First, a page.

The regulars had been decimated by the undetected flank attack early on the first day of the battle.[69] The survivors of the 16th Infantry were combined with the 19th Infantry while the 15th Infantry and 18th Infantry had less than half of their men present, many of them wounded.[69] As the day wore on, the remaining regulars were sent to protect the left flank of Thomas's line as the fighting continued on the center and right.[70] Between the officers who had left the brigade during the command changes and the killed and wounded, few experienced leaders were in command at the start of the battle and fewer still remained to lead the brigade after the first day of the battle on September 19.[71]

The worn out Union troops held their position at nightfall on September 19,[72] Unlike his actions at Stones River, Bragg planned to renew the attack because he had 11 brigades on hand or about to arrive which had not participated in the battle on the first day.[72] During the night, the Union commanders tried to put their forces in position for the expected fight on the next day.[73] Thomas placed Baird's division on the northern end of the field, with the Regular Brigade assigned to hold the left end of the line until the anticipated arrival of Major General James S. Negley's division, which Thomas had requested Rosecrans to send.[74] Meanwhile, Brigadier General King placed his men in a column of battalions in an effort to ward off a flanking attack by the Confederates if the regulars had to defend the end of the line.[74] Captain Dod, with about 190 men of the 1st Battalion, 15th U.S. Infantry, held the third line of this defense.[74]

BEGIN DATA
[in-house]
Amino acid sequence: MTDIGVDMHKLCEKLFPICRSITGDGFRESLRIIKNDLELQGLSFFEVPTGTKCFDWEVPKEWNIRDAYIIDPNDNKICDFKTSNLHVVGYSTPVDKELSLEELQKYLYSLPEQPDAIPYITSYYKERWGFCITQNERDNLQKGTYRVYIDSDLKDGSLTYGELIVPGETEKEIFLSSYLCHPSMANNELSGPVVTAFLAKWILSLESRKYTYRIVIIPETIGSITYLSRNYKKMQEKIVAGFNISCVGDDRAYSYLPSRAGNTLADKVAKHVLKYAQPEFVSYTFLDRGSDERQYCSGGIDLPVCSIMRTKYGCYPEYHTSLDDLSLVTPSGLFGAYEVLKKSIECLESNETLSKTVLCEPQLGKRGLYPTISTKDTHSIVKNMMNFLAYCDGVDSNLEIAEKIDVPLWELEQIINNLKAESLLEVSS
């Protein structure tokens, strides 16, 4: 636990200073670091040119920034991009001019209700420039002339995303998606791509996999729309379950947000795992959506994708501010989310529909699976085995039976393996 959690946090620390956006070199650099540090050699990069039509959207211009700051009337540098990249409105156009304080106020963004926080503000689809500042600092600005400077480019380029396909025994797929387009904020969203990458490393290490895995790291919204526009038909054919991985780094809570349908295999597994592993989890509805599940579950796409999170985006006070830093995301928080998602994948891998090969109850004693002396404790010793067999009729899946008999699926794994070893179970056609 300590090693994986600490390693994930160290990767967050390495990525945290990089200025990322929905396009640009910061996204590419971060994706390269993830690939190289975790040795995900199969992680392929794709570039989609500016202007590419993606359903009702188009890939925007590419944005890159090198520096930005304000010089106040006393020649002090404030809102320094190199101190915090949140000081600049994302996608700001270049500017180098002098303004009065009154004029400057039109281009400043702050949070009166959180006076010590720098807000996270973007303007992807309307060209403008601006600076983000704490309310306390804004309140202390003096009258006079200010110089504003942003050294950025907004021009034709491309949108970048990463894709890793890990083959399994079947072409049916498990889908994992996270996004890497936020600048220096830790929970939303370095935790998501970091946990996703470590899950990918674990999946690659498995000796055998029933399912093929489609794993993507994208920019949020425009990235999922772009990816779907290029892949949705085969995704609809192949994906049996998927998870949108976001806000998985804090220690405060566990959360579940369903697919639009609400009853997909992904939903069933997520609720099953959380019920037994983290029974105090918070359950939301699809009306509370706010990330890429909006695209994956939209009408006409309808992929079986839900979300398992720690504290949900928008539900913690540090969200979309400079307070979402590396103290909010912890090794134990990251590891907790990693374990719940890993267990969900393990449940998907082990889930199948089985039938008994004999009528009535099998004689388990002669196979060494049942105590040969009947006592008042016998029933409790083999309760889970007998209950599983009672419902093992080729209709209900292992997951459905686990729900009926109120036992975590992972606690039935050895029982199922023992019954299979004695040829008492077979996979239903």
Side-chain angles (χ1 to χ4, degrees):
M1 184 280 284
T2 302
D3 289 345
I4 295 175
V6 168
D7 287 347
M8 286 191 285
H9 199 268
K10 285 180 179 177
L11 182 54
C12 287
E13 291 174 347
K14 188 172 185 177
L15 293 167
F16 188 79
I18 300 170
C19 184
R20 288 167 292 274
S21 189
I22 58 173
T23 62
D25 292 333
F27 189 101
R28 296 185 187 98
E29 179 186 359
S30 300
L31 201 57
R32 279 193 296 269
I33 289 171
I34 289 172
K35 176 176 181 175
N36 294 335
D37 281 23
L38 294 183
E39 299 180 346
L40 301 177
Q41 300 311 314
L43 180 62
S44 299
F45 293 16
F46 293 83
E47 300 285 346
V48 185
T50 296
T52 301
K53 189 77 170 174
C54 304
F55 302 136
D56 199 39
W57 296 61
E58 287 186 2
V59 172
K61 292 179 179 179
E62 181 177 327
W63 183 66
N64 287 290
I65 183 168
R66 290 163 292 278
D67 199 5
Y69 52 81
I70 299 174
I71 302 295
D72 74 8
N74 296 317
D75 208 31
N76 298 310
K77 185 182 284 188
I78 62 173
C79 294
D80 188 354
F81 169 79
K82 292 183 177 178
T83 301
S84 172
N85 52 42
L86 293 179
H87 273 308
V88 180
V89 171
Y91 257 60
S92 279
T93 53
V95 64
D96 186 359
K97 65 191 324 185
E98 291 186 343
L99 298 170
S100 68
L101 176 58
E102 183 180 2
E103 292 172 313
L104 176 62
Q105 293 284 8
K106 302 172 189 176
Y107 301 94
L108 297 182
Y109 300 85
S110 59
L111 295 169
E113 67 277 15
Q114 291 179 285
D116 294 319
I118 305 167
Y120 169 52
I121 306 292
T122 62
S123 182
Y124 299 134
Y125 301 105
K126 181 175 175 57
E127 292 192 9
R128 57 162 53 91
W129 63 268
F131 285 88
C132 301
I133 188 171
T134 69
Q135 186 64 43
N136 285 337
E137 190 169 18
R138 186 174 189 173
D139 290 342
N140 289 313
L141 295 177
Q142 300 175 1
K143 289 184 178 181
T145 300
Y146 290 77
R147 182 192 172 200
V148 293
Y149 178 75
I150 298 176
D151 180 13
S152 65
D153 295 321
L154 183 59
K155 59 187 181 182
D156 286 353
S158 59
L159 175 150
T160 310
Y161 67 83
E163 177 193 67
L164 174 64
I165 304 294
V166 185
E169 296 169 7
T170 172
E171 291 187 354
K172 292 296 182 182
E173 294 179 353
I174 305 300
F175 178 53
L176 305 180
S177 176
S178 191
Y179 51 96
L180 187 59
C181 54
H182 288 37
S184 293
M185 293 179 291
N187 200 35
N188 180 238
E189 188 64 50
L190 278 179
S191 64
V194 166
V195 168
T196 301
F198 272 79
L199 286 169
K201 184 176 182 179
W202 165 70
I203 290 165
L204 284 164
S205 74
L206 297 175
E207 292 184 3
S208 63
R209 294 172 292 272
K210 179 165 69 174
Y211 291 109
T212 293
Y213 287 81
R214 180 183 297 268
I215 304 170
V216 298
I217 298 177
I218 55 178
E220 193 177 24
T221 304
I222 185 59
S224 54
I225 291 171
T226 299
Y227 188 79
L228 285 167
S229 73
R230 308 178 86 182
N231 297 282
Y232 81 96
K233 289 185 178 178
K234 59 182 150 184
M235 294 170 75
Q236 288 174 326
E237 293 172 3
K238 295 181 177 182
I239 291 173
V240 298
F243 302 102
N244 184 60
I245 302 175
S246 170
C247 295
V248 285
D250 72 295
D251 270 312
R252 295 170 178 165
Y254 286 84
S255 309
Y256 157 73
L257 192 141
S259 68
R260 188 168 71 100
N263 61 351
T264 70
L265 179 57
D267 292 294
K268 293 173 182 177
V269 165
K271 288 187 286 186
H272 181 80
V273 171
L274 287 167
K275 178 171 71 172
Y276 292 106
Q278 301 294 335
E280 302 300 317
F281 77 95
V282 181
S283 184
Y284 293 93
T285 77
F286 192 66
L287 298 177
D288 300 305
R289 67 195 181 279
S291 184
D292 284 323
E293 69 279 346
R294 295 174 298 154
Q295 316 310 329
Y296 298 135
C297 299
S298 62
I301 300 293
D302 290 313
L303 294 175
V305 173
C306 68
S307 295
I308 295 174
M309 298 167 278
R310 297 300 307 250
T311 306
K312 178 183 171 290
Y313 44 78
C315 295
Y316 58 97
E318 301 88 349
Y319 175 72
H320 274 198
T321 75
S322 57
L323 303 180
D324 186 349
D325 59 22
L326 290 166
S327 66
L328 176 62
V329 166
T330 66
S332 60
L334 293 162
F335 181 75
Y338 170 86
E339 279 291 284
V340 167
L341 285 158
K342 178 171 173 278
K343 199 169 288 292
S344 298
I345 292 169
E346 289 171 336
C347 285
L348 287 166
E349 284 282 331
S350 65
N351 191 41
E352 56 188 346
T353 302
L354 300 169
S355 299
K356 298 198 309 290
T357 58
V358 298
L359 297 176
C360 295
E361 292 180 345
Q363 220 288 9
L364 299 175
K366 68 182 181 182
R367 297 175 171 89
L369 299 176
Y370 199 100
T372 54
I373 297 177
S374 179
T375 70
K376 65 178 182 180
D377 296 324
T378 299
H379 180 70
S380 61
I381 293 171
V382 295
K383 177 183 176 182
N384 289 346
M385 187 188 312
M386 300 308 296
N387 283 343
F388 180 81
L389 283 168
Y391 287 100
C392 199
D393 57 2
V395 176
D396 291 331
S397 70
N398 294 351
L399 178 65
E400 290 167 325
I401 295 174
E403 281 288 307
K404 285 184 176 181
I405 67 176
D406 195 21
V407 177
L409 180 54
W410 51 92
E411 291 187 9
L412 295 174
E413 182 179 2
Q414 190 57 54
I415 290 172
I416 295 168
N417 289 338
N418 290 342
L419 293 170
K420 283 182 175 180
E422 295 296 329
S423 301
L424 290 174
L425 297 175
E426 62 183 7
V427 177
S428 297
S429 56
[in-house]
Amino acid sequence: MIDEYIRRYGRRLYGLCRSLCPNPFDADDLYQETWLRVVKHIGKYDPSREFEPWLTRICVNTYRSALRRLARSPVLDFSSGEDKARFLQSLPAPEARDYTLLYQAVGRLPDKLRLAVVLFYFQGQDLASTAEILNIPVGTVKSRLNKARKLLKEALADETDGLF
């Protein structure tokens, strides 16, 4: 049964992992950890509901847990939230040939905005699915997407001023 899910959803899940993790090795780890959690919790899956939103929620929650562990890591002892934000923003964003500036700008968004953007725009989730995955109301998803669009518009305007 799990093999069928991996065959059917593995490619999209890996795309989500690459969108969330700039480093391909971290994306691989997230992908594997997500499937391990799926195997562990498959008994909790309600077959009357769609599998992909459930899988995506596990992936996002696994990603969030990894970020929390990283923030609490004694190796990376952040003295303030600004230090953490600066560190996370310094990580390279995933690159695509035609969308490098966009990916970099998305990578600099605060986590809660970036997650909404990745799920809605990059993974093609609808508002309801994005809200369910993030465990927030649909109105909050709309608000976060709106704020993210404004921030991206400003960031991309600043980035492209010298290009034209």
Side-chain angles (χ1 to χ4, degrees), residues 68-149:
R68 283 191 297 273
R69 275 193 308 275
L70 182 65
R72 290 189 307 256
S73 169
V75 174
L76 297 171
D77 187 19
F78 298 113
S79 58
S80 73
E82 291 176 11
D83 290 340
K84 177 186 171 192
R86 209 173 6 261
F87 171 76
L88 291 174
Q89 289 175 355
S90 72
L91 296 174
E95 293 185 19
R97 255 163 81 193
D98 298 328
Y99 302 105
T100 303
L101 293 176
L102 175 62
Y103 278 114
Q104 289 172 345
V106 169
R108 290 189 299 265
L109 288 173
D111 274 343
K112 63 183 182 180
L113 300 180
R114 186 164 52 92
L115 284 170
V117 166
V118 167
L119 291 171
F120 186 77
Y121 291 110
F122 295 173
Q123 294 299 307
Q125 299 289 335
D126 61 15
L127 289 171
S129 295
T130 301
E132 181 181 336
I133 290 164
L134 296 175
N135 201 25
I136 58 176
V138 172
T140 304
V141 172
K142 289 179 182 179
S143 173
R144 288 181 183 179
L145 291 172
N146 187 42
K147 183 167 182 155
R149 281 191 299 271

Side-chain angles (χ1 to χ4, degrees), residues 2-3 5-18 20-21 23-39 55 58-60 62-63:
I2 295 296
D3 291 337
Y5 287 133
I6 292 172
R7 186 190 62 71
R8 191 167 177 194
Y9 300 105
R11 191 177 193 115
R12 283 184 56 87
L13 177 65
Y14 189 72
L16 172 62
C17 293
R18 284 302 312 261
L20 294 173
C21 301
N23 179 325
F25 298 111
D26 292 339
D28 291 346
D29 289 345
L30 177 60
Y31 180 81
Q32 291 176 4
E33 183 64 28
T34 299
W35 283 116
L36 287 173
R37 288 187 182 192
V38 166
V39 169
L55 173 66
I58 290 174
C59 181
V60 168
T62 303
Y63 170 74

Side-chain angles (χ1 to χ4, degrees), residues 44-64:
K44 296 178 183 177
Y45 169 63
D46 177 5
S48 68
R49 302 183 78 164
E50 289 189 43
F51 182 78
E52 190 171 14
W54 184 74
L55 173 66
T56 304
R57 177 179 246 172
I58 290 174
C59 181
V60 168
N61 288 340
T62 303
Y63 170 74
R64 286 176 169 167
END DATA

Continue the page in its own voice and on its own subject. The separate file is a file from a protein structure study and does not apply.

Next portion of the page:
At a dawn inspection, Thomas found that Negley's division had not arrived to support the regulars.[75] Rosecrans promised to send them, which he had not done before as Thomas had requested and expected.[75] Rosecrans discovered that Negley's division was facing a large body of Confederates so he ordered Brigadier General Thomas J. Wood to replace Negley in the line and for Negley to remain in place until relieved, except that Negley should send his reserve brigade to the north to reinforce the regulars immediately.[75] Upon arrival at the end of the line, that brigade was sent beyond the end of the line in anticipation of Negley's other brigades' imminent arrival, when in fact they were not yet on the way.[76] Colonel Joseph Dodge's brigade was nearby and was hastily moved to the end of the regular's line.[77] They had no time to throw up even the most elementary defenses before being forced into action.[77] The Confederates in fact soon attacked the Union left but they did so in a piecemeal and disorganized manner that allowed the regulars to defend their position with few initial casualties.[78] Then the Confederates turned their attention from the regulars and were able to rout Brigadier General Samuel Beatty's brigade from Negley's division.[79] Beatty's recently arrived brigade was strung out north of the end of the line held by Dodge and the regulars.[79] The advancing Confederates turned down the La Fayette Road to deliver a flanking attack, which scattered Dodge's men after they had fired only one volley.[79] The regulars deployed to cover their flank as they were strongly attacked.[79] The stiff attack caused some of the 18th U.S. Infantry's men to begin to fall back.[79] Historian Mark W. Johnson says it was at this point that the 18th received "a one-man reinforcement," Private William J. Carson, bugler of the 1st Battalion, Company E, 15th U.S. Infantry.[79]

Carson picked up a rifle with bayonet and ran up and down the line sending men back into the fight, including an officer.[79] As even these efforts began to fail and more men started to withdraw, in Carson's own words:

"I threw down my gun, rushed out some 30 yards to the color bearer of the 18th and said to him 'Let us rally these men or the whole left is gone.' The brave fellow stopped and waved his flag. I sounded to the colors. The men cheered. They rushed into line. Still sounding the rally, I passed back and forth of the forming line, and what a few minutes before seemed a hopeless disastrous rout, now turned out to be a complete victory. The retreat had been checked and the enemy driven back with awful slaughter. So severe was their repulse, that within a few minutes we were firing toward our rear into the enemy who were pressing Beatty's troops back."[80]